Example usage:

Rationale:

Variables are data storage for your game. You can store data values under special names of your choosing, and refer to them later.

There are two kinds of variables. Normal variables, whose names begin with $, persist between passages, and should be used to store data that will be needed throughout the entire game. Temp variables, whose names begin with _, only exist inside the hook or passage that they're first (set:), and are forgotten after the hook or passage ends. You should use temp variables if you're writing passage code that mustn't accidentally affect any other passages' variables (by using (set:) on a variable name that someone else was using for something different). This can be essential in collaborative work with other authors working on the same story independently, or when writing code to be used in multiple stories.

The following example demonstrates where temp variables are visible.

(set: _a to 1) <- This is usable everywhere in this passage.
[
    (set: _b to 1) <-- This is only usable inside this hook.
    (set: _a to it + 1) <-- This changes the outer _a variable.
    [
        (print: _a + _b) <-- You can refer to both _a or _b in this hook.
    ]
]
(print: _b) <-- This will cause an error.

Variables have many purposes: keeping track of what the player has accomplished, managing some other state of the story, storing hook styles and changers, and other such things. You can display variables by putting them in passage text, attach them to hooks, and create and change them using the (set:) and (put:) macros.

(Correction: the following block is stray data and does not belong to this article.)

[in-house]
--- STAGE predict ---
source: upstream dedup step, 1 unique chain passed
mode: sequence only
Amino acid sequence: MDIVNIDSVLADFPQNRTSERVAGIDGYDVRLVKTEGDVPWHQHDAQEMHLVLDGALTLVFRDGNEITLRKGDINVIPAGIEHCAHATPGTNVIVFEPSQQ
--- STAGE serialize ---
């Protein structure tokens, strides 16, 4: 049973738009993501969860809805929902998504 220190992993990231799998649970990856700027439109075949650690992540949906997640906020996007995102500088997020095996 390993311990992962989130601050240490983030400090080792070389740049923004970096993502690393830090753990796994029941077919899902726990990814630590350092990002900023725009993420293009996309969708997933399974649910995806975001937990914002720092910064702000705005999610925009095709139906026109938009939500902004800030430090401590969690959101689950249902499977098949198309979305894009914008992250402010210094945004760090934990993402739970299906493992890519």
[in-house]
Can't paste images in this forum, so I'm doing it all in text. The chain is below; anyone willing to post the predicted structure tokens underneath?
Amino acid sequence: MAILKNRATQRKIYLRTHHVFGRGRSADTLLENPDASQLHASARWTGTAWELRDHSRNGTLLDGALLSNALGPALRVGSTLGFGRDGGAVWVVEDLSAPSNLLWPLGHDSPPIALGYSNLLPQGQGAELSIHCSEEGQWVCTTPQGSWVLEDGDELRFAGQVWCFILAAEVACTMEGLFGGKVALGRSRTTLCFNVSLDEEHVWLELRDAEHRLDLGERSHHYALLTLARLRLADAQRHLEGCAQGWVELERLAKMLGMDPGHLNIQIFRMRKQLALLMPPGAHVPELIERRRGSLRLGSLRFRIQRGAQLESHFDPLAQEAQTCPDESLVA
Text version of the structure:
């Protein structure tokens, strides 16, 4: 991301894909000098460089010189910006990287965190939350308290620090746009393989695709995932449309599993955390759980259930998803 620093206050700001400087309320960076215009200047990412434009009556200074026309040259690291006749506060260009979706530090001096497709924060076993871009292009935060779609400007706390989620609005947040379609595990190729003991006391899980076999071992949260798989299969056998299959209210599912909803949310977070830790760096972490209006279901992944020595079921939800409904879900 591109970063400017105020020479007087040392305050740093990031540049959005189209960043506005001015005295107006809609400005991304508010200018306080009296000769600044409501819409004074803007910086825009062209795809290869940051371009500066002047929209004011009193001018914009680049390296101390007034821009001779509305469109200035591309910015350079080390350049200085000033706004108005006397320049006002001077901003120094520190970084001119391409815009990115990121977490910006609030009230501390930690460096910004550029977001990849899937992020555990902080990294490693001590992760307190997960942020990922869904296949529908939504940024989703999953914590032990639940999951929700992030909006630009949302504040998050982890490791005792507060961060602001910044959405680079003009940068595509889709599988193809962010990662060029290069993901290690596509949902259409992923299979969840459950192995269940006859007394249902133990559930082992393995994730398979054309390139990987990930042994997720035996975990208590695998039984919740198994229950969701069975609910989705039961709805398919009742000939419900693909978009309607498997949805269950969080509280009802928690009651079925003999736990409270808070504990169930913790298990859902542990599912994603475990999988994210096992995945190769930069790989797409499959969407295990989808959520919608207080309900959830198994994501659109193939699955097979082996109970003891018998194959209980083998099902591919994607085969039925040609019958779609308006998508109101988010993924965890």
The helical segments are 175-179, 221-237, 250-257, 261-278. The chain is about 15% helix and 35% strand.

Details:

In its basic form, a variable is created or changed using (set: variable to value ). You can also set multiple variables in a single (set:) by separating each VariableToValue with commas: (set: $weapon to 'hands', $armour to 'naked'), etc.

You can also use it in expressions on the right-side of to. Much as in other expressions, it's a shorthand for what's on the left side: (set: $vases to it + 1) is a shorthand for (set: $vases to $vases + 1).

Due to the variable syntax potentially conflicting with dollar values (such as $1.50) in your story text, variables cannot begin with a numeral.

Typed variables:

A common source of errors in a story is when a variable holding one type of data is mistakenly overridden with a different type of data, such as when putting "1" (the string "1") into a variable that should hold numbers. A good way to guard against this is to make the variable a typed variable, which is permanently restricted to a single datatype. The first time you set data to the variable, write (set: num-type $days to 1) to permanently restrict $days to numbers. That way, if you accidentally put "1" into it, an error will appear immediately, explaining the issue. Moreover, typed variables serve a code documentation purpose: they help indicate and explain the purpose of a variable by showing what data is meant to be in it. You can use any datatype before the -type syntax - see the article about datatype data for more details.